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октября 2003 года.
Vorobiev's path to NHL filled with potholes - Chicago Sun Times
BY LEN ZIEHM Staff Reporter
Pavel Vorobiev's tenure with the Blackhawks got off to a rocky start.
Drafted 11th overall in 2000 -- one spot after the Hawks took Mikhail Yakubov -- Vorobiev failed his first physical with his new team because of a knee injury.
His long, difficult road to the NHL might reach completion tonight, when Vorobiev could be in the lineup for the Hawks' first road game of the season against the Colorado Avalanche.
If the 21-year-old right wing turns into the star that general manager Mike Smith expected on draft day three years ago, it will make for one of the most inspirational stories surrounding the Hawks in many years.
Vorobiev, from Kazakhstan, reported to the Hawks' rookie camp a few weeks after Smith drafted him. He was shaking off knee surgery then and has been ever since.
His problems started before the draft when he was involved in a knee-to-knee collision with a teammate while practicing with his Russian team, HC Yaroslavl. He tore the meniscus in his left knee, but with the help of painkillers, he played another two weeks. The surgery he underwent in Russia in April 2000 was botched. That became evident when Vorobiev reported to the Hawks.
"Something was wrong,'' Vorobiev said, with translation help from Hawks captain Alex Zhamnov. "They didn't fix it right. I came to rookie camp and couldn't skate. It was so painful.''
The Hawks arranged a second surgery in Chicago and found Vorobiev housing with a Russian family, Gene and Marina Dushkin and their 12-year-old son, Teddy.
The Dushkins, who came to the United States 10 years ago, have housed Russian-raised Hawks players Yakubov, Igor Radulov, Vladimir Gusev and Alexander Kojevnikov. Radulov's mother and Yakubov's girlfriend also were among their houseguests.
"It's hard for them because they're all about 20 years old,'' Marina Dushkin said. "They used to live with their parents and have girlfriends at home. They have to get used to American food. It's difficult getting used to a life without having anyone there.''
Vorobiev's stay was made more difficult because he couldn't even play hockey. Just 19 and unable to skate or speak English, he stayed six months in the Dushkins' Schaumburg home while undergoing rehab treatments. He worked with the Hawks but rarely made it onto the ice.
"At first he worked a lot at the rehabilitation center and exercised at home,'' Marina Dushkin said. "He's a very hard-working, serious person.''
Vorobiev went to Hawks practices, watched their home games and took English classes. The Dushkins tried to help him adjust to a new culture, the one he would be living in if he ever made the Hawks' roster.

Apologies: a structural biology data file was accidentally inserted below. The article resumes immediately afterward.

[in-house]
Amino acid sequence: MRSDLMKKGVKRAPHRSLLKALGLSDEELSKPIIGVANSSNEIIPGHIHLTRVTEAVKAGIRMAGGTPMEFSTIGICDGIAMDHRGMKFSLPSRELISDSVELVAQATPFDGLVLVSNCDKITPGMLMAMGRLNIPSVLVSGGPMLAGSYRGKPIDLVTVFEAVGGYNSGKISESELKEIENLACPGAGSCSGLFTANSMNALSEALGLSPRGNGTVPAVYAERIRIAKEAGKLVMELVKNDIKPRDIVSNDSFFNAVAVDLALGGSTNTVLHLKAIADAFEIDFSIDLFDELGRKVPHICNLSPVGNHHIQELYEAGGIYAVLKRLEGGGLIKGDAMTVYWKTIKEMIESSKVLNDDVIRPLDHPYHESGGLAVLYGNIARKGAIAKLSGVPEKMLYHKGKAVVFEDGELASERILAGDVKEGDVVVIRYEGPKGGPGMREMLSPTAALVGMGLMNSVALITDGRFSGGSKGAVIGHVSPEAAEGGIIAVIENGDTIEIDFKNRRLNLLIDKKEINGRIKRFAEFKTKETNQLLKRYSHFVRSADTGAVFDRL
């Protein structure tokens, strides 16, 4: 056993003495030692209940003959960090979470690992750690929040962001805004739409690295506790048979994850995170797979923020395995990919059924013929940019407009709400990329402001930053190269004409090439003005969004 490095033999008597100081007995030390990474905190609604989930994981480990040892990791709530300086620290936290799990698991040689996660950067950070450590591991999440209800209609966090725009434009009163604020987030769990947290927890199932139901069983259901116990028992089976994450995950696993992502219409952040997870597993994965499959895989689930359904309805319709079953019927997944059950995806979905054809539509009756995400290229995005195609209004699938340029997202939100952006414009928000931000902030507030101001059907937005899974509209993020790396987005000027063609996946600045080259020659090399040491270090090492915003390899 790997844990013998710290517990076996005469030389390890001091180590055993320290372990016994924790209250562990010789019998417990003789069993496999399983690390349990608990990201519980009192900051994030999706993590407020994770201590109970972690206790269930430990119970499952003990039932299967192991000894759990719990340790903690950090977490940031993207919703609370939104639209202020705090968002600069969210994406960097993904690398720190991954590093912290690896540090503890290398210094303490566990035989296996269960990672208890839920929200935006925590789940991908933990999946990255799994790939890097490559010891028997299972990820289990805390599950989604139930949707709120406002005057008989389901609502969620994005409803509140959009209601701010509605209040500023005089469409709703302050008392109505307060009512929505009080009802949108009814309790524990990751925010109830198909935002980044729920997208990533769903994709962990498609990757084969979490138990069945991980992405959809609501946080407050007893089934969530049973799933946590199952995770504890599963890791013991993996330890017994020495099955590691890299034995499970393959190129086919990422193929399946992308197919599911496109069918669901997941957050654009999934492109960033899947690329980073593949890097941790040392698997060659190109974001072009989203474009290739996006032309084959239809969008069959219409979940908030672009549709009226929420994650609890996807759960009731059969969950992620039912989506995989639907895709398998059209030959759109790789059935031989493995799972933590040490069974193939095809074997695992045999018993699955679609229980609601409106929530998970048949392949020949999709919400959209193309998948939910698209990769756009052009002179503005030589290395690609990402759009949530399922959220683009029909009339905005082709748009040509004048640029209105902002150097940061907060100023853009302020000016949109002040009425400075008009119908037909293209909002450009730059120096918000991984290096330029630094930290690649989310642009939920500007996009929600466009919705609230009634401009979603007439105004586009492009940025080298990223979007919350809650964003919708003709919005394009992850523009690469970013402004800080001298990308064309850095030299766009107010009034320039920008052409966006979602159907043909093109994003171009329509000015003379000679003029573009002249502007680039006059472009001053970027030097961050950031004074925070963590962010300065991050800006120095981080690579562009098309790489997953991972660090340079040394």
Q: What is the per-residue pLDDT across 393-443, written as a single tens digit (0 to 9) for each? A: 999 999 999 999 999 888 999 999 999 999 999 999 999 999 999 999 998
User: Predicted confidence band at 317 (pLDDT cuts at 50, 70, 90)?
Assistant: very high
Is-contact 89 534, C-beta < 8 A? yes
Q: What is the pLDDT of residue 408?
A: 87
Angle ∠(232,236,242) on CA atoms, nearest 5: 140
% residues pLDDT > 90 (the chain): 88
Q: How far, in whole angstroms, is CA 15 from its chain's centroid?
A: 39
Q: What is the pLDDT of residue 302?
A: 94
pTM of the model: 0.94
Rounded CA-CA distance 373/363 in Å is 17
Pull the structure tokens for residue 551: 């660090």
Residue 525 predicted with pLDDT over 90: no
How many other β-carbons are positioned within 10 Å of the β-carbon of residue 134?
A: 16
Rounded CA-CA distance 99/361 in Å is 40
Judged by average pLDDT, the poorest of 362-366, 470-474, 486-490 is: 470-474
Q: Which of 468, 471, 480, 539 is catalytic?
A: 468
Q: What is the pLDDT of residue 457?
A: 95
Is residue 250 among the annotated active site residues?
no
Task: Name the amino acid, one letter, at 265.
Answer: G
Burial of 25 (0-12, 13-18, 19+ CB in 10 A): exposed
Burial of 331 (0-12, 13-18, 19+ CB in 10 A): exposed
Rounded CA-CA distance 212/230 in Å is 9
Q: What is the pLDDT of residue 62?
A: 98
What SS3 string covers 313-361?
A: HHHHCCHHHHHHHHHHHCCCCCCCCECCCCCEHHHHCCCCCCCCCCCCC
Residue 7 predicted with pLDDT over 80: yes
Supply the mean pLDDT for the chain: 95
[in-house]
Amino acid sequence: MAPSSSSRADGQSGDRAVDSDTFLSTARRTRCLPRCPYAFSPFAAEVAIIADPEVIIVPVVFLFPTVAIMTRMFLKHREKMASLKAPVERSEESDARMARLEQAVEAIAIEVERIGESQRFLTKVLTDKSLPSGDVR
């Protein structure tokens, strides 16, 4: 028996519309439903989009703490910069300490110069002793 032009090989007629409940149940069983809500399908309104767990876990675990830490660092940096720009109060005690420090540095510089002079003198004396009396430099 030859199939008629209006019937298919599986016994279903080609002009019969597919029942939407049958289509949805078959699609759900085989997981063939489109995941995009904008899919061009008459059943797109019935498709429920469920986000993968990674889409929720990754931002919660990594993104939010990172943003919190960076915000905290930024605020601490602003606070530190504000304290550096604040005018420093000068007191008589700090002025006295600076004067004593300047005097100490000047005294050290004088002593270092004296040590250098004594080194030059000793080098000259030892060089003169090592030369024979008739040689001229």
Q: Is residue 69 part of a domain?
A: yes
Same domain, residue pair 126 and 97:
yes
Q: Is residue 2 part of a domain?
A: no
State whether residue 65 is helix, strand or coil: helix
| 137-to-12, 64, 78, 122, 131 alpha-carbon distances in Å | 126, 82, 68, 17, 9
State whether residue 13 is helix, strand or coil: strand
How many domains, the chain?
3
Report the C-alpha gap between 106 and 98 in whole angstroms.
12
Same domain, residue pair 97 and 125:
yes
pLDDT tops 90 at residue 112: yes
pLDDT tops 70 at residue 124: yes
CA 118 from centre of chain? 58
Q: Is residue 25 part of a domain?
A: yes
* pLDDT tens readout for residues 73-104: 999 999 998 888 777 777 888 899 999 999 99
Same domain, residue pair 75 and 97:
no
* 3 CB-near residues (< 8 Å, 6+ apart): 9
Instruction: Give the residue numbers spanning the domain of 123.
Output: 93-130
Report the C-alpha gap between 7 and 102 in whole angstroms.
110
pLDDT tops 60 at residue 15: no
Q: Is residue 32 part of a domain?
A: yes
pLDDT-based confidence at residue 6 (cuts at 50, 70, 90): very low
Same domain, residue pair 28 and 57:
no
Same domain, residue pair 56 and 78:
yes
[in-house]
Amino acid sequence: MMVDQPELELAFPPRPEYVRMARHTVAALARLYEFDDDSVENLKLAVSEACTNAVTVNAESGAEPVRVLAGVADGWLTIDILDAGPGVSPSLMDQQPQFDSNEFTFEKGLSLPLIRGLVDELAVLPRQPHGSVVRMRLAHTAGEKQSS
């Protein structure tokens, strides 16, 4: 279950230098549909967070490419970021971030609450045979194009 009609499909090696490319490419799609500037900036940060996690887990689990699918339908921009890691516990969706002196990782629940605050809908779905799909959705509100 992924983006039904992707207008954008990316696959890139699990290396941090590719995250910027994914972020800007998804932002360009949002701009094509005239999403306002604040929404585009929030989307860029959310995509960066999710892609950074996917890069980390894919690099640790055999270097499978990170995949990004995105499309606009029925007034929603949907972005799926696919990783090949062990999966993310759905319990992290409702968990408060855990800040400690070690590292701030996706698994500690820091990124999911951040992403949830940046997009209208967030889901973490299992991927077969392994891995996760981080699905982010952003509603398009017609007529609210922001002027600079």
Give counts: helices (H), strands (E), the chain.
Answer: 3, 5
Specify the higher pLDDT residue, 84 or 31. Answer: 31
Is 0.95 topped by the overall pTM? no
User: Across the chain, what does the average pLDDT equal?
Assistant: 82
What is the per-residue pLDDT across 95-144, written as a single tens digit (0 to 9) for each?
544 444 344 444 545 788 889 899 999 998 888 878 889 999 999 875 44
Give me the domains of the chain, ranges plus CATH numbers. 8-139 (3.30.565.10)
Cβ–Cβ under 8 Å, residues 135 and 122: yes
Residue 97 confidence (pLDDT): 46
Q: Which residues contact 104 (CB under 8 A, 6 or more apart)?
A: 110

"We took him to meet our friends,'' Marina said. "We went to a lot of restaurants. We took him to see Blue Man Group, and we went to every Blackhawks game with him. We were very busy. He's an easy-going guy, and he listened a lot.''
Teddy's youth hockey team made some out-of-town trips. When the Dushkins were away, Vorobiev took care of their dog.
"He was very helpful,'' Marina said. "He became [like] our son.''
Vorobiev eventually returned to Russia and played -- some say too much, too soon -- for HC Yaroslavl again. He avoided injury, and Smith signed him to a contract June 2. Then visa problems replaced knee problems. The Hawks wanted Vorobiev at their summer rookie camp, but neither he nor the other Russian prospects could make it.
Vorobiev arrived in September for two weeks of fitness work with some Hawks players. Though he scored five goals in one of the scrimmages, coach Brian Sutter wasn't optimistic about Vorobiev cracking his roster when training camp started Sept. 11.
"He's extremely gifted,'' Sutter said at the time, "but he had a serious knee injury and missed a whole year. When you're young, that really sets you back.''
Vorobiev flashed enough offensive skills, though, to make it with the rebuilding Hawks. Don't be fooled by the fact Sutter scratched him Wednesday from a 1-0 season-opening victory over the Minnesota Wild. Vorobiev fits prominently into the team's youth movement.
"He's learning to adjust to different styles,'' Sutter said. "He'll be just fine. He won't sit out a lot of games in a row. None of these kids will.''
24 октября. Павел Воробьев: "Моя девушка танцует в
Локо, а я - в Чикаго" - "Спорт-Экспресс"
24 октября. Павел Воробьев: "Моя девушка танцует в Локо, а я - в Чикаго" - "Спорт-Экспресс"